PRAGMATICS AND LANGUAGE TEACHING: CROSS-CULTURAL PERSPECTIVES ON THE USAGE OF PRAGMATICS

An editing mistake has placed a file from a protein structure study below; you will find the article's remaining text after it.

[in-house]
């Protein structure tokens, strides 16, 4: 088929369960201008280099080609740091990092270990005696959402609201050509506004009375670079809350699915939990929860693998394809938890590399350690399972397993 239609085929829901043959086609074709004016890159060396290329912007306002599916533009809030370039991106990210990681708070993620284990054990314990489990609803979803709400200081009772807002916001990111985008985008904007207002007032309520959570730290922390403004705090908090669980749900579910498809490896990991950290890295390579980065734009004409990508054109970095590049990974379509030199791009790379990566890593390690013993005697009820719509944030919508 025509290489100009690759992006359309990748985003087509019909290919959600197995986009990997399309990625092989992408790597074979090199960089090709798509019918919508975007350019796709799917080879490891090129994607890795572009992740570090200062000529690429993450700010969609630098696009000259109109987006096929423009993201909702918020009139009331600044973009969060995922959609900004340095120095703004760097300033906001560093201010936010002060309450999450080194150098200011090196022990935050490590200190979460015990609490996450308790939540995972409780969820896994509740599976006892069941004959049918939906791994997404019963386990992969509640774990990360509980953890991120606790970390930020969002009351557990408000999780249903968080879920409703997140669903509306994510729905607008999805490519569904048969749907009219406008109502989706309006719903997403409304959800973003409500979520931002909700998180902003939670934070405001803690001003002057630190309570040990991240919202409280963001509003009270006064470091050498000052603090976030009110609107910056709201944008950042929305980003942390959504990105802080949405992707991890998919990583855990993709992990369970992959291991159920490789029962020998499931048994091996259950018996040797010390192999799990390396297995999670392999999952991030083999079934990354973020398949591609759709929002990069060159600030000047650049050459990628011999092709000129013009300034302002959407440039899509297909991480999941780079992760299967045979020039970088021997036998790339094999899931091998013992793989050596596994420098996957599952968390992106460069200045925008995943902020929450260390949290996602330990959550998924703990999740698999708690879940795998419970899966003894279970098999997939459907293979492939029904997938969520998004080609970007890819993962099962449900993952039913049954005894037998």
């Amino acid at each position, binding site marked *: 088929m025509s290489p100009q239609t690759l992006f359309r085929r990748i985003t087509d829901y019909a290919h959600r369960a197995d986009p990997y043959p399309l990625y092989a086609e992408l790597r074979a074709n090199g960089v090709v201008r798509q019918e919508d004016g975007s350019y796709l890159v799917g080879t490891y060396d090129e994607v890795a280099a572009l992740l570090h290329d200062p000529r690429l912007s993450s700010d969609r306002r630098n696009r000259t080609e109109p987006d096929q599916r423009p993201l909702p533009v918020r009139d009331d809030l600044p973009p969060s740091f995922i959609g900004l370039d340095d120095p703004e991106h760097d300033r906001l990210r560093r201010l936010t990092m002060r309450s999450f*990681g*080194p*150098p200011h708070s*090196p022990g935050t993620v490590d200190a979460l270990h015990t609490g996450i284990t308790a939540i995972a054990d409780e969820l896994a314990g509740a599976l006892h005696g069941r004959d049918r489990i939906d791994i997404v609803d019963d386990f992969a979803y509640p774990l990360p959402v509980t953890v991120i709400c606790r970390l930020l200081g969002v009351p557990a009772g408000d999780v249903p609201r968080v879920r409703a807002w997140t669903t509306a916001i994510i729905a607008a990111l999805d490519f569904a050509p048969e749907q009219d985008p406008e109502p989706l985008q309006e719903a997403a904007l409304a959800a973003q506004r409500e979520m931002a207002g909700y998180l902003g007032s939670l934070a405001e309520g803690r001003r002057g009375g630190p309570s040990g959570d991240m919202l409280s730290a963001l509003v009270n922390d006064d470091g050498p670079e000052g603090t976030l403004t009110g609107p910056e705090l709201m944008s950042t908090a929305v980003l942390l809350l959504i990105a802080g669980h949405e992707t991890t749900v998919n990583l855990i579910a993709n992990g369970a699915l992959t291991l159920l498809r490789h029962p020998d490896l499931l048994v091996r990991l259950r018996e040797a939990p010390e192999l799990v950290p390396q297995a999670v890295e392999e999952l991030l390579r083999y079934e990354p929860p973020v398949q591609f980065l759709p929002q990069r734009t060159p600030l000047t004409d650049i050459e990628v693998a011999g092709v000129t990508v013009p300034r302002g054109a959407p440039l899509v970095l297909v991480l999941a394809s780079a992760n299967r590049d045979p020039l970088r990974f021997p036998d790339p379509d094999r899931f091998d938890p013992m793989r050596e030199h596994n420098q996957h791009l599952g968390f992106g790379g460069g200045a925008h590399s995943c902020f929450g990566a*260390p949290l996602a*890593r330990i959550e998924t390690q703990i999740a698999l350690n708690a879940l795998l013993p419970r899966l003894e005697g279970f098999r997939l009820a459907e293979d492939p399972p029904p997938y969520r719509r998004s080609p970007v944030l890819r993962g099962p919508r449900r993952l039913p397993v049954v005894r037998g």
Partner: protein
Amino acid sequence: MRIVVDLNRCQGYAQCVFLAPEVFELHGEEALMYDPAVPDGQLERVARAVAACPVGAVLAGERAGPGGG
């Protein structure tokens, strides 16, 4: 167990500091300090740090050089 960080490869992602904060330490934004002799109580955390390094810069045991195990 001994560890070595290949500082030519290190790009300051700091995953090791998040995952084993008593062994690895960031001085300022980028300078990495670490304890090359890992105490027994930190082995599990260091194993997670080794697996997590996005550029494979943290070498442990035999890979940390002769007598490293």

To communicate in English language, English language learner needs to develop different competencies. Communication is the main purpose of learning a second language and pragmatics is one of the key elements a language learner must develop. Pragmatic incompetence in the second language can lead to misunderstanding and miscommunication. Misunderstanding and miscommunication can have a big impact on native speaker, because he or she will think that the other speaker is impolite or ignorant. Second language teachers often overlook pragmatics and they focus on grammar. As Pohl (2004:6) claims ''Striving for intercultural competence does not mean assimilation into the target culture.'' This is not the goal. The goal is that we need to observe and learn norms of the other culture, how they behave and speak, without changing our personality. Establishing precise linguistic norms, for example making text interesting, personal or purposeful is the goal of pragmatics. The purpose of this paper is to identify different teaching and learning activities that will help learners become fluent and successive communicators. Learners will be active and more involved in the classroom activities, because pragmatics will guide them through good grammatical competence. Learners will react fluently, accurately and coherently. Cultural characteristics are common in every language, and shape the way language is spoken, regarding connotations and denotations of words, phrases. Pragmatics helps learner to become familiar with different pragmatic practices and norms in target language.